and variation in susceptibility to environmental agents. He bridged
gaps between policy and practice in analyzing environmental health
risks, and helped create programs on public health genetics and health
promotion for older adults. He also pioneered large-scale cancer chemoprevention
trials, and worked to advance understanding among judges, lawyers,
scientists and ethicists.
In 1997, Omenn became chief executive officer of the University of Michigan Health System, where he helped revitalize the institution through programs for faculty recruitment, bio-informatics, clinical research and more. In 2002, he resumed his faculty role in proteomics, focusing on the discovery of biomarkers for earlier diagnosis of lung cancers.
OTHER CELEBRITY SPEAKERS
In addition to Gilbert S. Omenn, a host of other luminaries will provide free public lectures at the 2006 AAAS Annual Meeting. The Chief Technical Officer of iRobot Corp., Rodney Brooks, who is also the Director of the Computer Science and Artificial Intelligence Laboratory, and Panasonic Professor of Robotics, Massachusetts Institute of Technology, is set to provide a Monday morning lecture. And, Ursula Goodenough, Professor of Biology at Washington University, St. Louis, will address evolution, science education and the natural world. Pamela Matson, the Chester Naramore Dean, School of Earth Sciences, Stanford University, is expected to tackle efforts to reconcile the needs of people and the environment in the 21st century.
Peter Agre, 2003 Nobel Laureate in chemistry and now vice chancellor for Science and Technology at Duke University Medical Center, in 1991 discovered long-sought "channels" that regulate and facilitate water molecule transport through cell membranes, a process essential to all living organisms. This discovery ushered in a golden age of biochemical, physiological, and genetic studies of these proteins in bacteria, plants and mammals, and fundamental understanding of malfunctioning channels associated with many diseases of the kidneys, skeletal muscle and other organs.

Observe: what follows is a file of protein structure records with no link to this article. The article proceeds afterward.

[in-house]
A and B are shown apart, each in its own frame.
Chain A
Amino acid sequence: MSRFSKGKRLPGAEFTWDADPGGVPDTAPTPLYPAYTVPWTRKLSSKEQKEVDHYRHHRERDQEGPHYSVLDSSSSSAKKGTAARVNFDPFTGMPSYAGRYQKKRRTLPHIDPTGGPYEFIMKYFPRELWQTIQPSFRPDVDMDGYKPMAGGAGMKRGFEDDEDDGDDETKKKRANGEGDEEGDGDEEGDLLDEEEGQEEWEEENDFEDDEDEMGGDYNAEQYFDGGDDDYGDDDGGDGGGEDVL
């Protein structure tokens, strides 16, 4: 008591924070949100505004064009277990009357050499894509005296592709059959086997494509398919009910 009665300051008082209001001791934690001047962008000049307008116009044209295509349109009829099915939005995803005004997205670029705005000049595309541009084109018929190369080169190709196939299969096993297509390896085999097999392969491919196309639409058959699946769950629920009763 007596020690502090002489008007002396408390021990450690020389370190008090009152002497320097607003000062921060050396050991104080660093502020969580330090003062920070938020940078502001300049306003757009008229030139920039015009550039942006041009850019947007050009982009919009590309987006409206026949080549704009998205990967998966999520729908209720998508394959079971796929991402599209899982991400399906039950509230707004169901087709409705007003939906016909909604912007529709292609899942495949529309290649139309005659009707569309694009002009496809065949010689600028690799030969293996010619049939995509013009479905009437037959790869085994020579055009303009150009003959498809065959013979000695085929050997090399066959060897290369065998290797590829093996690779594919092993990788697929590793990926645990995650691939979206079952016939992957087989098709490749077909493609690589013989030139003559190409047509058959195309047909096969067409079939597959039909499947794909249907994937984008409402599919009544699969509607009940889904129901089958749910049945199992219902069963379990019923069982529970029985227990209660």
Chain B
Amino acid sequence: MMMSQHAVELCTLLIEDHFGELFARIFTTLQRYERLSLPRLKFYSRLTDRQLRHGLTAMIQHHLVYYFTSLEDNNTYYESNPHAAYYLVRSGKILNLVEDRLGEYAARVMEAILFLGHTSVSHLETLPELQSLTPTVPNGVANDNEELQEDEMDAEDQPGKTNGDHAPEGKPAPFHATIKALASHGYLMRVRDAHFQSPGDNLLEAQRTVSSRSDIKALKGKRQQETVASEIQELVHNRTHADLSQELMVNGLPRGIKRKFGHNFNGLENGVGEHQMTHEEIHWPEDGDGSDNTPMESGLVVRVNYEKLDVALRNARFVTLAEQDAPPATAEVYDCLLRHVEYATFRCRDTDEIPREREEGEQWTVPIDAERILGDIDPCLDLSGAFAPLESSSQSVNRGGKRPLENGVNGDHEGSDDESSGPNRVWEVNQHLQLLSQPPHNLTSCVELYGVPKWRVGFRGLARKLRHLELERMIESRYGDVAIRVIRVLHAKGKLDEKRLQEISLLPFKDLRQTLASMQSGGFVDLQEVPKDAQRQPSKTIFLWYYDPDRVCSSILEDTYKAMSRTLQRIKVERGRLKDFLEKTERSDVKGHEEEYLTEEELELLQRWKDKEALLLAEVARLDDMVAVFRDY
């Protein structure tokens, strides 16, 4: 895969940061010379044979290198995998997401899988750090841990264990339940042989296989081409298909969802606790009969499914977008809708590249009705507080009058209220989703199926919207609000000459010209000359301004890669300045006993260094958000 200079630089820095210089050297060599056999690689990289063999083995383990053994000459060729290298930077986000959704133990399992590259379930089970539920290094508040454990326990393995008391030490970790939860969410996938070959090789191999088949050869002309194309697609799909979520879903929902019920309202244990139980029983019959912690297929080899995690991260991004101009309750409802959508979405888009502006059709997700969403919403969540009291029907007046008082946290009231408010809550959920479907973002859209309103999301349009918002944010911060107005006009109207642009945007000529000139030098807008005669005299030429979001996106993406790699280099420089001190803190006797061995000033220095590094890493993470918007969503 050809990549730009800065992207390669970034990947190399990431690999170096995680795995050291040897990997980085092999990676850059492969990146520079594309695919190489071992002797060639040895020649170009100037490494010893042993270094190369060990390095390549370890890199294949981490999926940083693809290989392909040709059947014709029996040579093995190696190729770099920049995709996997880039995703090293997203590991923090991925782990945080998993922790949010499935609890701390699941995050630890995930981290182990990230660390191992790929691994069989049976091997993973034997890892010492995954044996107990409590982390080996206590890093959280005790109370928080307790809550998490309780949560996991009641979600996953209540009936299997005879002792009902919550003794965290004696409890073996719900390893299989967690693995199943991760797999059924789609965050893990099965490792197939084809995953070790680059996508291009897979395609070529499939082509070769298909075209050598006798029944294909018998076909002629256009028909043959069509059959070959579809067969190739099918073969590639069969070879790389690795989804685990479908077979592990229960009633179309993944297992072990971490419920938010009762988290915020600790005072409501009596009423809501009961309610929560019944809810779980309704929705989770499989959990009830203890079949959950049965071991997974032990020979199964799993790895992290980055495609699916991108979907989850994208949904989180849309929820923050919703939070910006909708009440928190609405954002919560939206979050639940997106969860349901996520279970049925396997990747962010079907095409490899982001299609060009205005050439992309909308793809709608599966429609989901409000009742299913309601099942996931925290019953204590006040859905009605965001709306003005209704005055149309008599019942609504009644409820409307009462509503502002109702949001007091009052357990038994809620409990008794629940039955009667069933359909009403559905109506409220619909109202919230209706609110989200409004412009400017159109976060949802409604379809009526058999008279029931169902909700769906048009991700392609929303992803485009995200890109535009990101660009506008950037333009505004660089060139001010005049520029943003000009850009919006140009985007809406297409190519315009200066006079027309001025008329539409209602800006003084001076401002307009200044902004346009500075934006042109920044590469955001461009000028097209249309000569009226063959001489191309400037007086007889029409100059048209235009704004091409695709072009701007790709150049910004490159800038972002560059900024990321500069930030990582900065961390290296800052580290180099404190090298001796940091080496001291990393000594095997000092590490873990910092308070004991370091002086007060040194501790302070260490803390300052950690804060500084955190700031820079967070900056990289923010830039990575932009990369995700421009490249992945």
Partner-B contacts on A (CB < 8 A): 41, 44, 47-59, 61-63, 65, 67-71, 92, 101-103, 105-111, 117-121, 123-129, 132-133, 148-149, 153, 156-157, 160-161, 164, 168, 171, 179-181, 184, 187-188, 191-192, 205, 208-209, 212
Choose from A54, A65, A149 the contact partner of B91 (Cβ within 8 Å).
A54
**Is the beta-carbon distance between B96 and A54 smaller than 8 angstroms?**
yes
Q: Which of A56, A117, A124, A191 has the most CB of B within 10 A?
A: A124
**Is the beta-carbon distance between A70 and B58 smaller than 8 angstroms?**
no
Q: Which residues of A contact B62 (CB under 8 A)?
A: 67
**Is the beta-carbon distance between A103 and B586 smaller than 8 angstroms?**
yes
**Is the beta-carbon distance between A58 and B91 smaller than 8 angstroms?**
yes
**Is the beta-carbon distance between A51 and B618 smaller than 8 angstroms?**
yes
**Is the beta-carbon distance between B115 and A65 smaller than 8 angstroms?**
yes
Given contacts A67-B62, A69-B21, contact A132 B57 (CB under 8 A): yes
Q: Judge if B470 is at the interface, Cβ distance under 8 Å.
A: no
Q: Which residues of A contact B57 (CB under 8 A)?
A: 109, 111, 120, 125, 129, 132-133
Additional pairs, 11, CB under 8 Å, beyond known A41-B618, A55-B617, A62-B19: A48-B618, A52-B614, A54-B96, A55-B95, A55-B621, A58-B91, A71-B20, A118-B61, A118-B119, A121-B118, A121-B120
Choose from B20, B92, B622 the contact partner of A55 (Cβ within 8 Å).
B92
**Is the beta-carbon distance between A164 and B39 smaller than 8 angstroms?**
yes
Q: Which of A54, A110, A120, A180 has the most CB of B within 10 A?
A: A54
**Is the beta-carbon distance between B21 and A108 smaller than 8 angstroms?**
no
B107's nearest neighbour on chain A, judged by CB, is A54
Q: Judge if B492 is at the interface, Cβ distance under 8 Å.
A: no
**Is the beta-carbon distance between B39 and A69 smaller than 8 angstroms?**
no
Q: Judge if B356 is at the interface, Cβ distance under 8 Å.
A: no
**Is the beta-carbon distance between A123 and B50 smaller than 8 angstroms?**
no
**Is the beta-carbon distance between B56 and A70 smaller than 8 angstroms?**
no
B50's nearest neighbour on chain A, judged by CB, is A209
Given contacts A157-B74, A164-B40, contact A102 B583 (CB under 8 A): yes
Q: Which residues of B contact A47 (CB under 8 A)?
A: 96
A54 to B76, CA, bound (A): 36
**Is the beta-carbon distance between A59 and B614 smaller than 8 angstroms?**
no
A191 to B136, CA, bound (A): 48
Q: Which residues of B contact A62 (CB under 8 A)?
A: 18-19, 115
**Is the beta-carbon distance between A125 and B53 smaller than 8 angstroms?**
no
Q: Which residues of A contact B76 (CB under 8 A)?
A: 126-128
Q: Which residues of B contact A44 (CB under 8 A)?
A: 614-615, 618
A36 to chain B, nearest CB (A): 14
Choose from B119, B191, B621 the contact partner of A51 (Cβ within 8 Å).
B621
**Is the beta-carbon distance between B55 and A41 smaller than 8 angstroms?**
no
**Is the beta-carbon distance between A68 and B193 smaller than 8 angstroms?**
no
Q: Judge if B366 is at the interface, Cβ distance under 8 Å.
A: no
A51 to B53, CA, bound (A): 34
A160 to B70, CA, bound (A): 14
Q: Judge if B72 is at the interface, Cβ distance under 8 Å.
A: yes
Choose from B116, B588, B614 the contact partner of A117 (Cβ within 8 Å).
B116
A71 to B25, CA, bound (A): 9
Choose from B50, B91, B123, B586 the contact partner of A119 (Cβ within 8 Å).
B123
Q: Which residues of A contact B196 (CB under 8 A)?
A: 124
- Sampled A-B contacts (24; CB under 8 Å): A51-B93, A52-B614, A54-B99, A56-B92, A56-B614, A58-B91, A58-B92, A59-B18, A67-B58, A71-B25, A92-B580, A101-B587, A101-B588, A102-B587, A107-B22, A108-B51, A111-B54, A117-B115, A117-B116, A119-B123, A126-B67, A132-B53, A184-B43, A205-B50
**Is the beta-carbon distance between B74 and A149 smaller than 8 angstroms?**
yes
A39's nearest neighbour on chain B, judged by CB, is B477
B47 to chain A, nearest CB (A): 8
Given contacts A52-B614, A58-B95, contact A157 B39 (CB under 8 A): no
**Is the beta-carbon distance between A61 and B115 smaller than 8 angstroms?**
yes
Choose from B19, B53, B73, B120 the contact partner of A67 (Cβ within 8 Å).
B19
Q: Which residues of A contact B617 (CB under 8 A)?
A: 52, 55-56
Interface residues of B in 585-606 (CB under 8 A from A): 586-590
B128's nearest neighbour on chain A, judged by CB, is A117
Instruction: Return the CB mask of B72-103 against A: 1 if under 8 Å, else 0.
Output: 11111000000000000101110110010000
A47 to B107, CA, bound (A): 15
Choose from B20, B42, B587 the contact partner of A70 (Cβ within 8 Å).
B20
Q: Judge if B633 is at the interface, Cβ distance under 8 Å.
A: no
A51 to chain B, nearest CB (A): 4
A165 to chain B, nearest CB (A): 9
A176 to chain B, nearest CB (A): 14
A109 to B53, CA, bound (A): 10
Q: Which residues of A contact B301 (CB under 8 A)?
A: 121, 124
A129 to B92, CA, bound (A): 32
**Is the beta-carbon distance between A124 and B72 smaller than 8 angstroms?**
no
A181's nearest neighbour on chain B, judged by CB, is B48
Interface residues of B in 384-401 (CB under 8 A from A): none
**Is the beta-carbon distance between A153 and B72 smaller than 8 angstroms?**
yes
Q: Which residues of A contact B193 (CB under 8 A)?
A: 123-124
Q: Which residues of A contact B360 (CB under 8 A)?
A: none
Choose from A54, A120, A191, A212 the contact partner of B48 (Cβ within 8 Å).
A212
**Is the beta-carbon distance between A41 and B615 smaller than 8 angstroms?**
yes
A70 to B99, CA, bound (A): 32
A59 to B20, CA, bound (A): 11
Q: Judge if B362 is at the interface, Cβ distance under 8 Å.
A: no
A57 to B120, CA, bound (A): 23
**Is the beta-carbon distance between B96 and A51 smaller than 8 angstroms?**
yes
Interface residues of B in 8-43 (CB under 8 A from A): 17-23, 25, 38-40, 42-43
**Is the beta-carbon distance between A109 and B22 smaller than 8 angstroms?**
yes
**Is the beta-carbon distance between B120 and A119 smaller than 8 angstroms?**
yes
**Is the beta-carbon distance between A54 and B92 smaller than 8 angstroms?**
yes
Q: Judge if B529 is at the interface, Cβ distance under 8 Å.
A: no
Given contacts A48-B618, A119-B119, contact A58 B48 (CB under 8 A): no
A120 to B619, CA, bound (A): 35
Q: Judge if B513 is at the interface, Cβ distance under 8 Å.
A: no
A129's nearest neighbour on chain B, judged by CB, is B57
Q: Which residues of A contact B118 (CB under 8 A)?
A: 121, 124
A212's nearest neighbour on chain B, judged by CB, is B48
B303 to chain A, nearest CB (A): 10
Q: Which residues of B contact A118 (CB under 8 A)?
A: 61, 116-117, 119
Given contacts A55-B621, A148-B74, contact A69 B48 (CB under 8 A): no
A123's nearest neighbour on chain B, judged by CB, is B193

Plenary lectures by Omenn, Agre, Goodenough and Matson will take place Thursday, Friday, Saturday and Sunday nights, respectively, at 6:30 p.m., in the Renaissance Grand Hotel. The lecture by Brooks is planned for Monday at 8:30 a.m. in the same location.
From mid-day Friday 17 February through Sunday 19 February, the AAAS Meeting will include free career-skills workshops, such as a short course on interviewing skills and another session on career transitions for scientists. These events will take place in the America’s Center, Exhibits Hall. Click here for more information.
For reporters, the 2006 AAAS Annual Meeting promises 30 press briefings, plus additional press breakfasts and networking opportunities. Specific headlines from the AAAS Meeting will remain strictly embargoed until the time of each event. But, in general, broad topics to be addressed during press briefings will include, for example:
- The latest predictions on Sun-like targets that could harbor worlds
suitable for life — based on findings from a network of some
350 radio antenna dishes called the Allen Telescope Array, plus
other research tools.
- New studies of California’s Sacramento-San Joaquin Delta,
which some have called “the next New Orleans,” the U.S.
region most likely to suffer catastrophic levee failures and flooding,
unless floodplains experts can quickly apply lessons learned.
- Anti-aging news, including recent genetic and molecular biological
research that has uncovered gene manipulations that slow the aging
rate in yeast, nematodes, fruit flies and mice.
- “Weird dinosaur science” updates from legendary Jack
Horner of Bozeman, Montana’s Museum and a half-dozen other
- Recent obesity findings based on animals given reduced-calorie
diets, both with and without a simultaneous increase in exercise
- Health news related to autism, nicotine addiction, seafood safety,
lead exposure and children’s IQ and more.
- An all-star cast of speakers who will address “Evolution on the Front Line” during a half-day event for teachers, scientists and policy-makers. Speakers will range from Rep. Russ Carnahan (D-Mo.) and the Vatican’s Chief Astronomer, the Rev. George Coyne, to Linda Froschauer, president-elect of the National Science Teachers Association, and Emmy-award winning TV show host Jeff Corwin of Animal Planet’s “Corwin’s Quest.”
14 February 2006